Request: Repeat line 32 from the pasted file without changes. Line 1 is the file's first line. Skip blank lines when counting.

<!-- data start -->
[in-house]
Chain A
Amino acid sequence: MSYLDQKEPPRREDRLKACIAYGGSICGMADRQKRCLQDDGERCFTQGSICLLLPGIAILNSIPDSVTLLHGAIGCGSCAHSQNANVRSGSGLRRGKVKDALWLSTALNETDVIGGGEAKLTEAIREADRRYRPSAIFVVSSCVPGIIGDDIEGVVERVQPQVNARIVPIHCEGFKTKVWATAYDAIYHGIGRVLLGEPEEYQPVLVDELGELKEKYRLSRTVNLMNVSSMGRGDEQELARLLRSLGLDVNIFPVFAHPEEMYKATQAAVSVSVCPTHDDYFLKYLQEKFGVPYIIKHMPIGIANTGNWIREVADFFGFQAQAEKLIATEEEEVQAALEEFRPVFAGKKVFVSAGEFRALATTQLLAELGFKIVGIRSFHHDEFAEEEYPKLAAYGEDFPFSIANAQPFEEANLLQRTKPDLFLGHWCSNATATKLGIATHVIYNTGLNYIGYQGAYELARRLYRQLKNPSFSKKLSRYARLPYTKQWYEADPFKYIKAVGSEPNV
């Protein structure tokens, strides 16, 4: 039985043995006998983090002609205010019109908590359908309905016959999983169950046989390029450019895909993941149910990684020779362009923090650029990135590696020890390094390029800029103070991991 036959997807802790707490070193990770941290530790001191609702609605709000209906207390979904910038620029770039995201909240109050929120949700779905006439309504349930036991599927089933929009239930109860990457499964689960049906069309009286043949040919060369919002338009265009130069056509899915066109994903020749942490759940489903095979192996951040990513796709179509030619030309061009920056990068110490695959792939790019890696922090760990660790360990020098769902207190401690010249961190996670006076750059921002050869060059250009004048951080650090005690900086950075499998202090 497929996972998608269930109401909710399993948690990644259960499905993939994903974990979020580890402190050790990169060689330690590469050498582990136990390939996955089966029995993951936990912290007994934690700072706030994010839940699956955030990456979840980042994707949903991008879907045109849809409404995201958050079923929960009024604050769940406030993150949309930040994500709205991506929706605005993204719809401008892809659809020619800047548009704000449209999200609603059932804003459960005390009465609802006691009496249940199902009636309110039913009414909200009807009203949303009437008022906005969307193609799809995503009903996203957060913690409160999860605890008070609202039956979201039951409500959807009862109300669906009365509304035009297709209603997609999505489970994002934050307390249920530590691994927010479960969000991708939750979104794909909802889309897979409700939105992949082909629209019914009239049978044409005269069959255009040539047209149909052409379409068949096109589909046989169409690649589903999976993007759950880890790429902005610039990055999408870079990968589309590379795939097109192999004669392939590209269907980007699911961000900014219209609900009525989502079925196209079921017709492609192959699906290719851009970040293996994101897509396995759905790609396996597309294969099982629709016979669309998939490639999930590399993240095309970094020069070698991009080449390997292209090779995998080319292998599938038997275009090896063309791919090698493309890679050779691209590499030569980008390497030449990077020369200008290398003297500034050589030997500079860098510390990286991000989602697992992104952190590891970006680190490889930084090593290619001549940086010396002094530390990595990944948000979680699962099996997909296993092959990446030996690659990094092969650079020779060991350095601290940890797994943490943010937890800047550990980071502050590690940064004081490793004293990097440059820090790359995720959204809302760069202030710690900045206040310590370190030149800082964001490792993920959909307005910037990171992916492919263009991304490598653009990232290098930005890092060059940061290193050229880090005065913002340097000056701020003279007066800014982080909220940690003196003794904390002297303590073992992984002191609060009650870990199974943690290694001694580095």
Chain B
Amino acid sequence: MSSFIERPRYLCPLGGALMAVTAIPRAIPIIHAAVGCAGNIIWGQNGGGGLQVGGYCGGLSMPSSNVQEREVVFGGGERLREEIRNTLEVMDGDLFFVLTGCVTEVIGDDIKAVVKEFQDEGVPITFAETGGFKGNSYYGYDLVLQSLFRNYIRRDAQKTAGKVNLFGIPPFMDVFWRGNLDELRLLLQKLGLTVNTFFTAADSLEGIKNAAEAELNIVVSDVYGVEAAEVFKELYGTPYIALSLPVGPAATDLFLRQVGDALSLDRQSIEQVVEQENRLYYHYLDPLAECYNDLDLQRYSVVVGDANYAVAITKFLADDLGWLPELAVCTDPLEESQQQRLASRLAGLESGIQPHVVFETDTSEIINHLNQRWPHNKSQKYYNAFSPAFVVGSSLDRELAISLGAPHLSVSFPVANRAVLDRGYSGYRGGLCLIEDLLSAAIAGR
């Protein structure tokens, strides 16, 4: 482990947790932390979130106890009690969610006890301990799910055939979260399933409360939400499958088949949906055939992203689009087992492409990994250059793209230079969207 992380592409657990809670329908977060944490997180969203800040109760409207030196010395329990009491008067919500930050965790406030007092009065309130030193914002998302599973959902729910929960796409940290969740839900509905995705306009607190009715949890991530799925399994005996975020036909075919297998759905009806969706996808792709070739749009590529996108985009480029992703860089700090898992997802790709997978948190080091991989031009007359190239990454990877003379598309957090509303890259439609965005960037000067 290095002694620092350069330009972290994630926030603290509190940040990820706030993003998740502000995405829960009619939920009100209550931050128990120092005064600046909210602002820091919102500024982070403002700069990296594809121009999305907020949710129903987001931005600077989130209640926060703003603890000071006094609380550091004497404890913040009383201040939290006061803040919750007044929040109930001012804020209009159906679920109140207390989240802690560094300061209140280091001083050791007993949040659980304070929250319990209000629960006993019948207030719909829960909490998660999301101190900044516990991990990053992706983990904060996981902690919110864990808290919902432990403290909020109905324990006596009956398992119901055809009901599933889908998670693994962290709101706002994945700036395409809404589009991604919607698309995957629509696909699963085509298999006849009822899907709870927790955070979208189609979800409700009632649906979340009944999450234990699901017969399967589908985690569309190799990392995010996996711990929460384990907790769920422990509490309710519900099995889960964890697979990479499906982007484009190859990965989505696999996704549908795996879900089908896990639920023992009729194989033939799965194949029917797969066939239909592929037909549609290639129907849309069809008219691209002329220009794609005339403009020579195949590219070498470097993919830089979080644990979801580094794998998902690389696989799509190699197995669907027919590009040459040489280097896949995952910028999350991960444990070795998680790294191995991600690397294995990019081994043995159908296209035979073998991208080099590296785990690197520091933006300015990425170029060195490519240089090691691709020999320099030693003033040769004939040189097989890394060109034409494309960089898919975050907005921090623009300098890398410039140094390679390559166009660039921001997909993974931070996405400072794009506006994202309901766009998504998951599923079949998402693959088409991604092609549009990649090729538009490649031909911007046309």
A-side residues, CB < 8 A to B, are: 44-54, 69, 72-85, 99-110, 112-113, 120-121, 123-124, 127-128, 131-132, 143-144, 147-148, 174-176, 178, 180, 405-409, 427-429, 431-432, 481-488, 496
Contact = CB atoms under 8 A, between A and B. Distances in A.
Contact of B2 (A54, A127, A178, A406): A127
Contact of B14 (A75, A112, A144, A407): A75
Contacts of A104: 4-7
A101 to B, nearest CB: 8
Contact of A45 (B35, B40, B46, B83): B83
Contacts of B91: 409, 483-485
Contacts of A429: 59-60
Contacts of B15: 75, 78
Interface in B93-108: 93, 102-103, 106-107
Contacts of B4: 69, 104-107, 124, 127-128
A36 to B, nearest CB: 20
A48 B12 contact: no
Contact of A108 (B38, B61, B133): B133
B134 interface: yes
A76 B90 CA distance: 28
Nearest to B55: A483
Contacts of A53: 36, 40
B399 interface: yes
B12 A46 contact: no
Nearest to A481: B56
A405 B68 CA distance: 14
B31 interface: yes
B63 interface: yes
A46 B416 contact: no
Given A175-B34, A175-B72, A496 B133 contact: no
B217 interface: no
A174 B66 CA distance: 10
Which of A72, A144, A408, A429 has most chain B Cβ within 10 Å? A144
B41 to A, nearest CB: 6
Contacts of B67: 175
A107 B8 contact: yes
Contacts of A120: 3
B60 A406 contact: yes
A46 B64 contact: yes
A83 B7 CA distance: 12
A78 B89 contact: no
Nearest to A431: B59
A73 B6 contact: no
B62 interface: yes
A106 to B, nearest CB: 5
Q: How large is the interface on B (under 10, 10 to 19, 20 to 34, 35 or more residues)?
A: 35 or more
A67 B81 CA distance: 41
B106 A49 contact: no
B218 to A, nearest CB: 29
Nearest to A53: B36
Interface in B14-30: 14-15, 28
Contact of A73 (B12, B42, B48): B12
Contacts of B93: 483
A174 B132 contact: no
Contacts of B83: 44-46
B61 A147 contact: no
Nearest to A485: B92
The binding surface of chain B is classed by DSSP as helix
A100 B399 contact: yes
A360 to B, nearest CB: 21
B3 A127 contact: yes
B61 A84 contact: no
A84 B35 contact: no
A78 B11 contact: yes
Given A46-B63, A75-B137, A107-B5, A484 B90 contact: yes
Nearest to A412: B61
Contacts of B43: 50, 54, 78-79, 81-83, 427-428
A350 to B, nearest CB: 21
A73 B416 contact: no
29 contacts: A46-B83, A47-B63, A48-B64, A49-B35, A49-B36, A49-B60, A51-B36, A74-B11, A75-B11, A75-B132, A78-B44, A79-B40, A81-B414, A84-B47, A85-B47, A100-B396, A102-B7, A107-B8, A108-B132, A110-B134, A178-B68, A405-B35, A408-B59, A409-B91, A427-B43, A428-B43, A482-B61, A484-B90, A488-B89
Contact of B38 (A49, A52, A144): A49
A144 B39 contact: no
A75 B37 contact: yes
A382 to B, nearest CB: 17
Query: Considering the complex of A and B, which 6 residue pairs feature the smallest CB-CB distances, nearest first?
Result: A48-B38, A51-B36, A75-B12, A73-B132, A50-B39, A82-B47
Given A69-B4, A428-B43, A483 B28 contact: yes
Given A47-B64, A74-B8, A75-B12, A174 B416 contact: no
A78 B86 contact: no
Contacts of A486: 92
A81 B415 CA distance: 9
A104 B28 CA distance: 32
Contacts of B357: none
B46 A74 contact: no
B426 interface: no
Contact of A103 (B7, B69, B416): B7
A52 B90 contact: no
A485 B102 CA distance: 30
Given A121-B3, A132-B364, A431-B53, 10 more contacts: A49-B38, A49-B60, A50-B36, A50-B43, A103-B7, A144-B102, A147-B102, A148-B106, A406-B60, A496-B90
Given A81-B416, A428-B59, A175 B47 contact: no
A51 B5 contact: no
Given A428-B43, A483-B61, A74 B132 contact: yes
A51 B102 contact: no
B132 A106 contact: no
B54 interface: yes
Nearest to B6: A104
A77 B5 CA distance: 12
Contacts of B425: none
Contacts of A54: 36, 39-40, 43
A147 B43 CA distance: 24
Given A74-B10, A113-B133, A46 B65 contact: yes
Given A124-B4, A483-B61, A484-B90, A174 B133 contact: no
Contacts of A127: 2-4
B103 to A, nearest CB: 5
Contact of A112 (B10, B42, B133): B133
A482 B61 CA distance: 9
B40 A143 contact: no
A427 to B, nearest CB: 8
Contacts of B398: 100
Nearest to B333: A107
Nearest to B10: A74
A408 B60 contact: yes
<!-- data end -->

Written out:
B63 interface: yes